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Elmer Chickering

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Elmer E. Chickering was born in Grandon, Vermont, on February 16, 1857, and died in Boston, Massachusetts, on May 15, 1915, celebrated as the city’s greatest portrait photographer of the Gilded Age.

Chickering learned photography as an adolescent in Vermont, went into business for himself in 1870, and relocated to Boston in 1884, establishing a studio at 21 West Street. His first floor gallery was the best exhibition space in the city outside a museum; the third floor studio was equipped with state of the art cameras and lenses, including one of the earliest telephoto set ups. He immediately distinguished himself from the other professional studios in town by specializing in celebrity portraiture. Chickering’s gentlemanly demeanor won him a strong institutional clientele from baseball teams to the G.A.R. Special mention must be made of Chickering’s success with military portraits, which in 1880s Boston, vied with opera diva images for celebrity prestige.

Like Napoleon Sarony, Chickering practiced several graphic modes expertly, being a capable painter in oils, and an accomplished draughtsmen with crayons, pastels, and India ink. In his "operating room," R.M. Wilson posed the sitters. Chickering also retained a flash specialist for off-site work; T.E. Eustis did outdoor events and flashlight photography of theatre scenes and interior spaces. Chickering outfitted a portable studio in a wagon for Eustis, "enabling the artist to produce views of landscape and other scenery in distant localities in perfection otherwise unattainable." Besides administering the office, Chickering processed the prints. With the aid of his brother Walter, he expanded his business to include three studios within the city by the turn of the 20th century.

A fire in January 1903 destroyed the main studio’s backstock of negatives, valued by insurance adjustors at $27,000.

Chickering’s most significant contribution to theatrical photography was his legal contestation of the claims of the Harper & Brothers publishing company to possess copyright of the photographer’s images of the A.M. Palmer company’s production of "Trilby" because the characters were costumed in imitation of DuMaurier’s drawings illustrating the novel. The case proved useful in the ongoing struggle to preserve photographer’s property rights in the face of a concerted campaign of subversion by the publishing industry.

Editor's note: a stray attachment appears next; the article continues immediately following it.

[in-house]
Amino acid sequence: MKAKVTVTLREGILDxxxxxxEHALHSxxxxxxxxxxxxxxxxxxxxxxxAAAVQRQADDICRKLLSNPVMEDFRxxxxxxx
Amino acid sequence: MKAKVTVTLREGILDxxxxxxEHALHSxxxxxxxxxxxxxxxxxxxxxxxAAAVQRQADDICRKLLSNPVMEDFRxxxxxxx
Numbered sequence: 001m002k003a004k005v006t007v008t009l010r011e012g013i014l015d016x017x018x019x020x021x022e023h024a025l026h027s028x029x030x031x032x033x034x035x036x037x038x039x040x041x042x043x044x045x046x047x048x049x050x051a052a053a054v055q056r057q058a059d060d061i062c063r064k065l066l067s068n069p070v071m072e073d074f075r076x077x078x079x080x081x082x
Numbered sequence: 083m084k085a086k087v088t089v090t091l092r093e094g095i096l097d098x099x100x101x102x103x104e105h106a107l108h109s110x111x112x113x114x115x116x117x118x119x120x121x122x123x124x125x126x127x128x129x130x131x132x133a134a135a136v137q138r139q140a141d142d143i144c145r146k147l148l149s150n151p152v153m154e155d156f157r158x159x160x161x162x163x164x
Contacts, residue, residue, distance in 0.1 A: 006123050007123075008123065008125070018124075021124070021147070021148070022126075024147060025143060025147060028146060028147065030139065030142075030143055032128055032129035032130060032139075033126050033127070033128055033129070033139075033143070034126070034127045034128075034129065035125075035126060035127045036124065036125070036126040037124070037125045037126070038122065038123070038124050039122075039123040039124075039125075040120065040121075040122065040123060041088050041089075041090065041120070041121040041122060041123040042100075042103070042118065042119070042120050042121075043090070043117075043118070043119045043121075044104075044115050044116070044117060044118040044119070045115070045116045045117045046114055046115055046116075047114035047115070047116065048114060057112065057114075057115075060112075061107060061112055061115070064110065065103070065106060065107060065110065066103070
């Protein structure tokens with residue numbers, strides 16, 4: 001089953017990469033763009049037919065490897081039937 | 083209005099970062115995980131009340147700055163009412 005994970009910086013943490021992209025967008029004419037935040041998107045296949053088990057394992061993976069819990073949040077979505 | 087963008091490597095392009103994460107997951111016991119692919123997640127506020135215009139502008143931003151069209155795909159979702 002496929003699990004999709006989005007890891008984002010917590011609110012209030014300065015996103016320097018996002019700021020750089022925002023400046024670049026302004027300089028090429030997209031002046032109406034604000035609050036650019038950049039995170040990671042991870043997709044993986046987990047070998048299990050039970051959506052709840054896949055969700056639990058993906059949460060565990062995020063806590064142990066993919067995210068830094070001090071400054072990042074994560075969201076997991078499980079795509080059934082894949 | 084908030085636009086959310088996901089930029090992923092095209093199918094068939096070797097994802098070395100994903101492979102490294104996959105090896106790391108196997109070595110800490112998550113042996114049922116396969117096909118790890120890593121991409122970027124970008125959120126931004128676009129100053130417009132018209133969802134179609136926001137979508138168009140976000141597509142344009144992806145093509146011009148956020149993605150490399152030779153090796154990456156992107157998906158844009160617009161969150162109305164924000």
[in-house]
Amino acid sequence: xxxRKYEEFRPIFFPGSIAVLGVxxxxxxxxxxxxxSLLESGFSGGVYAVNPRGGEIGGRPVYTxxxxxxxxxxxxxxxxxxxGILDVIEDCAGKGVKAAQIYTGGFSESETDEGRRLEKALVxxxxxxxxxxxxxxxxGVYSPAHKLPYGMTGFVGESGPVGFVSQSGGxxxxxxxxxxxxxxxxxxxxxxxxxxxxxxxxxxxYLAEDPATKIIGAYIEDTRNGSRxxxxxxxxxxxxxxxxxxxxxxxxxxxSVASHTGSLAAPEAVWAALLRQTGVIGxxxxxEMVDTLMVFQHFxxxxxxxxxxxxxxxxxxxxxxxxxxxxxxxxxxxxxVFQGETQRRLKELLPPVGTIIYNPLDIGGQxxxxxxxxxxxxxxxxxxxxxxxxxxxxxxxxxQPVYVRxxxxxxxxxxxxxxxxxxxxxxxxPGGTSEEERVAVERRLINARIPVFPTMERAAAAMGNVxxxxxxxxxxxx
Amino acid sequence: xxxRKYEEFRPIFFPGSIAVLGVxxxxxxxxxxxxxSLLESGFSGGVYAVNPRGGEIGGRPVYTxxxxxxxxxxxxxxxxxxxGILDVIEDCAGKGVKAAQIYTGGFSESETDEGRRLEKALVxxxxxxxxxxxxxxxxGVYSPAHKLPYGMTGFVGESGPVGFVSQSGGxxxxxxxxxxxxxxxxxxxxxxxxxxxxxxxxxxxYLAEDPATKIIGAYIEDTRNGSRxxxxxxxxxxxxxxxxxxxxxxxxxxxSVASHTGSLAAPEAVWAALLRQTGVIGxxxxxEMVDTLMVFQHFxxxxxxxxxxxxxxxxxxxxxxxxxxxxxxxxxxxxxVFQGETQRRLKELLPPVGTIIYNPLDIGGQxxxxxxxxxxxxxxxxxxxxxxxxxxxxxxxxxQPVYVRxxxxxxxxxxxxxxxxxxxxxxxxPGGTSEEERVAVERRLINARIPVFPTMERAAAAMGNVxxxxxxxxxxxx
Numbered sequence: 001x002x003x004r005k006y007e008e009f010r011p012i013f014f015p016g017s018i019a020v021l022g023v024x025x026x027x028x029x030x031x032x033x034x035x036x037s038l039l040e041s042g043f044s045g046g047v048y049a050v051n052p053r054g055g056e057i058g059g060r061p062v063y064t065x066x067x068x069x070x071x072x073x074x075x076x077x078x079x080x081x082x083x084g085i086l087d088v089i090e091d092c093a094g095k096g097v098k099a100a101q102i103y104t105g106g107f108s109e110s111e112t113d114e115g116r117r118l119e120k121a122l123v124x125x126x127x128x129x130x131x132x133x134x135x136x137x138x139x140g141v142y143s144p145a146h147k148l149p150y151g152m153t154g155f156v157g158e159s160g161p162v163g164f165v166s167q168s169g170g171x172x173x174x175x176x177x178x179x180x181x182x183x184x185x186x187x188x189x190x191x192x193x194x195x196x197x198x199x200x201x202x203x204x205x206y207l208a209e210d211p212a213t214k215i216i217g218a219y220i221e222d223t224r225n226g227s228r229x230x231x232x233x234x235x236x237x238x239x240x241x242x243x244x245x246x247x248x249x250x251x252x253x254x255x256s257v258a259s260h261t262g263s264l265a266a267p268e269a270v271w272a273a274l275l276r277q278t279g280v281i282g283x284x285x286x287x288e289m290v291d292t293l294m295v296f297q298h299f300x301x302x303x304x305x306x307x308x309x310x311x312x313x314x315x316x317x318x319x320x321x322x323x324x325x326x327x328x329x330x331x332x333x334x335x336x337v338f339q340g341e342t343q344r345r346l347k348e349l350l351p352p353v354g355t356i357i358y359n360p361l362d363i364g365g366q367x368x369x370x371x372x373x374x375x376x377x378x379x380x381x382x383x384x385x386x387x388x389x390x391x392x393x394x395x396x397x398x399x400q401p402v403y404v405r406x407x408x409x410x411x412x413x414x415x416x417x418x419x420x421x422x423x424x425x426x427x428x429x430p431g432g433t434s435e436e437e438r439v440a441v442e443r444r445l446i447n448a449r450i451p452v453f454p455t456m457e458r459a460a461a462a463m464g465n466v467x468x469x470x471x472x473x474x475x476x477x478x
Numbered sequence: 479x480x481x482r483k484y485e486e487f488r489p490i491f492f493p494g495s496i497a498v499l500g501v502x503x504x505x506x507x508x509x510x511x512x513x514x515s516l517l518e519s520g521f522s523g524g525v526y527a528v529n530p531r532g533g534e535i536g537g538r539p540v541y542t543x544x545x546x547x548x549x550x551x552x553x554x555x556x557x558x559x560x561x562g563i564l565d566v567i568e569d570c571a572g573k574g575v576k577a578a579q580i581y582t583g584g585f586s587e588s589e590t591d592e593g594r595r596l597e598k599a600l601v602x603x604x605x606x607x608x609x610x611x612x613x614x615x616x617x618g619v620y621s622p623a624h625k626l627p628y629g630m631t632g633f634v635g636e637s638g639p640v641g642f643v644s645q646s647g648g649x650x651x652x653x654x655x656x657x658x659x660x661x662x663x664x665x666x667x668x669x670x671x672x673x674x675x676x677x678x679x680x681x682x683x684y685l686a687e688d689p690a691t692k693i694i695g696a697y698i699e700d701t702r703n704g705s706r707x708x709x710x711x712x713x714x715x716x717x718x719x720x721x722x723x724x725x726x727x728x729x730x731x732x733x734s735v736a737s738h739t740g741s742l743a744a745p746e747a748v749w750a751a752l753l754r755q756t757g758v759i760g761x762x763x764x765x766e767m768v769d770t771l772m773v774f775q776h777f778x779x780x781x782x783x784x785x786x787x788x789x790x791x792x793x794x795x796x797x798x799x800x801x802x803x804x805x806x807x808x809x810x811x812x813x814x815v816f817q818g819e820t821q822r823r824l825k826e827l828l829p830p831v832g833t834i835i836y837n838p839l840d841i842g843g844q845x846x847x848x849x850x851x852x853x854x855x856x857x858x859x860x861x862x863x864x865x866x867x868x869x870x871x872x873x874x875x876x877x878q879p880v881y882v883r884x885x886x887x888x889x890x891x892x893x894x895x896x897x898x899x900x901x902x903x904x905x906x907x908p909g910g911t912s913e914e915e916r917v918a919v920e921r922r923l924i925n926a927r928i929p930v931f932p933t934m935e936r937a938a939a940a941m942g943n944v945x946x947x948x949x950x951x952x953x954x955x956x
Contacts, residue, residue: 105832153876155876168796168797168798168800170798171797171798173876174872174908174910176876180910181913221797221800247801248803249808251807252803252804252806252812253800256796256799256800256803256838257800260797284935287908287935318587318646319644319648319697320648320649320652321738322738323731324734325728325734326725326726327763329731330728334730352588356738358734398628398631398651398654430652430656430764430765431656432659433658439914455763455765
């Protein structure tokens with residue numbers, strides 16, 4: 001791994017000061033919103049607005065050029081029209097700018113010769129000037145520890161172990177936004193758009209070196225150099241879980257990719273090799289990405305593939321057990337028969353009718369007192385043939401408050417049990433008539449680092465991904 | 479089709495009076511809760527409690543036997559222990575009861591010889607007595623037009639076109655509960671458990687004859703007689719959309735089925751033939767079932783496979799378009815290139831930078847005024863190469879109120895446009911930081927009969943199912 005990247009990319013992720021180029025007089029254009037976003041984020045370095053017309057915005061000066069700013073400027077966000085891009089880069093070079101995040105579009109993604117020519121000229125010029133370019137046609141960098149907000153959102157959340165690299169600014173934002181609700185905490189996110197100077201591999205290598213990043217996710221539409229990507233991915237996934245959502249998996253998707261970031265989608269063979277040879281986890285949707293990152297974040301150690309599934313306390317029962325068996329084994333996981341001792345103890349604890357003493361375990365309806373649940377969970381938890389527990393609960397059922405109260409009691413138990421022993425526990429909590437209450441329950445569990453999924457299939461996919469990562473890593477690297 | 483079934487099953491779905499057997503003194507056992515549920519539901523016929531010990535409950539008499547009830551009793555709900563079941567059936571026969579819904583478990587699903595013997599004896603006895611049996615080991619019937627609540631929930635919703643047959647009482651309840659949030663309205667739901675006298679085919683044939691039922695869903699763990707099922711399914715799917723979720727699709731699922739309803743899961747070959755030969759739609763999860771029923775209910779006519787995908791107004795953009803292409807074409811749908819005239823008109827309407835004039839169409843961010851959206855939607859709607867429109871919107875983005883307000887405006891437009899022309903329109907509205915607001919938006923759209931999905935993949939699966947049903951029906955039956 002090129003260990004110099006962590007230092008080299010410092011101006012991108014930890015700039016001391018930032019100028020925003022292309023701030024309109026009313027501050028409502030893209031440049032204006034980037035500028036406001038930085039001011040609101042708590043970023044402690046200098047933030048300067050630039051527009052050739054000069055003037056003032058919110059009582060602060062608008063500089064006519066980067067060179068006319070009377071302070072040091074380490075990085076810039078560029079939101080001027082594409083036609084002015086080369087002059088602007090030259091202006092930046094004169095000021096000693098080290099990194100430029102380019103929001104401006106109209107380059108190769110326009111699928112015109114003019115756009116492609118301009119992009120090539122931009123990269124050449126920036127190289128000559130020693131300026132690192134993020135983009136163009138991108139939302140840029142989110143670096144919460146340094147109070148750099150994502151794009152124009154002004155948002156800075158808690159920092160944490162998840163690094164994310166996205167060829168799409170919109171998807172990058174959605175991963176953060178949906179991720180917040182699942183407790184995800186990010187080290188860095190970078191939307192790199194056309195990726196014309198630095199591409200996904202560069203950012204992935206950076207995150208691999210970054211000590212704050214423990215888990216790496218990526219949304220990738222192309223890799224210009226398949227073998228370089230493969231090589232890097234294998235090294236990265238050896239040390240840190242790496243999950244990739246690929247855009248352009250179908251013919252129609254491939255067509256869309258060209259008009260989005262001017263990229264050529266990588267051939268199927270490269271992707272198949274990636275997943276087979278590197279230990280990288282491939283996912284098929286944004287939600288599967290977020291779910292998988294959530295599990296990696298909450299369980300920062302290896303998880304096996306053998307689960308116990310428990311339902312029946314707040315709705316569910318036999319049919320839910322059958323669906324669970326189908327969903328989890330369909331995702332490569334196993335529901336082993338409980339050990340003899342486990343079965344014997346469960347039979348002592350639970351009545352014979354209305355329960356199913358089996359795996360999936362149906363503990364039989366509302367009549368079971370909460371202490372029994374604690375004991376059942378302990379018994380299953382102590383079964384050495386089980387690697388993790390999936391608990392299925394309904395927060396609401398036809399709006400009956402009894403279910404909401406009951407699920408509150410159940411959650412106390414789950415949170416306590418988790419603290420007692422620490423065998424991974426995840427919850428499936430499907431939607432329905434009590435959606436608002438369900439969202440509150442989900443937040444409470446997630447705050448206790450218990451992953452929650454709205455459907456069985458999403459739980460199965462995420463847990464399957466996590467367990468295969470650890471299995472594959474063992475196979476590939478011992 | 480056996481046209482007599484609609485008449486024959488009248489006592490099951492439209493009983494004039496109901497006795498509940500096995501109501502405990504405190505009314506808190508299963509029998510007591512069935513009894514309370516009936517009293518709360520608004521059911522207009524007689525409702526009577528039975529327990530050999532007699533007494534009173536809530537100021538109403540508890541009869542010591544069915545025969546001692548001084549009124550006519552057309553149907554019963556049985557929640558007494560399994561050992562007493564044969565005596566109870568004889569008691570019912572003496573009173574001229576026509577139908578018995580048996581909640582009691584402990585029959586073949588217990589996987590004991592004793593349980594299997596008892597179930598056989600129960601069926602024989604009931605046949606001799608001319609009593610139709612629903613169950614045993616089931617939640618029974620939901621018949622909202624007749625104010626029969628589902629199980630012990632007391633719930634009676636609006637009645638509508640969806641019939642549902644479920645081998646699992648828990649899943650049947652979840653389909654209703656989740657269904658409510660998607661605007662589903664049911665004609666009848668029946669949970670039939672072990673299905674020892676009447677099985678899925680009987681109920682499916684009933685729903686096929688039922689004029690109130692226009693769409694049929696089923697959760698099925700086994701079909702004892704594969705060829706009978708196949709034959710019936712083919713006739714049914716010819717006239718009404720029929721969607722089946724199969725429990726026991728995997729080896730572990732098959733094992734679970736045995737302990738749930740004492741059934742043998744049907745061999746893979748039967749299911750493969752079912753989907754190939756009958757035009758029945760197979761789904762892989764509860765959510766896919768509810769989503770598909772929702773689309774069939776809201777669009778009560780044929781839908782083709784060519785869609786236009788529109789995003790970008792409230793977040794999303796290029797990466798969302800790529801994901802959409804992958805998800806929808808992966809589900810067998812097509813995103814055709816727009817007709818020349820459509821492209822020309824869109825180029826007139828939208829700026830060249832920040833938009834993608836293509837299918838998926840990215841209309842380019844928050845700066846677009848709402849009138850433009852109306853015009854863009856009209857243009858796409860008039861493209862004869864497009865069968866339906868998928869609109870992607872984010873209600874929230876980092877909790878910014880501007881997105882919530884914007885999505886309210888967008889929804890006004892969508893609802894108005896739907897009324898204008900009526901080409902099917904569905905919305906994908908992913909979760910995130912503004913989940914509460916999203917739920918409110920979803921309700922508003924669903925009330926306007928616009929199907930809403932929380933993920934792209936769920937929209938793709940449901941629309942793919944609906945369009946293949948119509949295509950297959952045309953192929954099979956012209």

Elmer Chickering made his fortune through the public sale of cabinet images of beautiful actresses and handsome actors. Desiring recognition in the professional community as an artistic portraitist, he regularly exhibited at national and international salons. These exhibition images tended toward immensity, his favorite format being panels 20x24 inches in dimension. Respected within the profession and regarded a civic-minded public man, he died a Boston celebrity. After his death, the studio continued operation under the Chickering name until 1919 when George H. Hasting’s rechristened the premises "The Hastings Studio."

NOTES: "Elmer Chickering, photographer," Illustrated Boston (Boston: American Publishing and Engraving Co., 1889), 150. "The Chickering Studios," Photo-Era Magazine vol. 42 (1919), 106. "Chickering Loss Finally Settled for $30,000," The Standard vol. 52 (1903), 275. David S. Shields/ALS


Chickering would be an important source of theatrical images in prints from 1890 to 1910. And yet, Chickering’s personal approach to portraiture favored getting a characteristic likeness over visual artistry or adventurous posing. Consequently, certain images looks pedestrian when contrasted with that of his contemporaries, Benjamin J. Falk, William M. Morrison, Jacob Schloss, and Theodore Marceau. R.M. Wilson, his chief associate, proved to be a talented cameraman with a penchant for the decorative, fashionable, and daring. Wilson’s images, which never appeared over his own signature, attracted the eyes of editors and magazine art directors.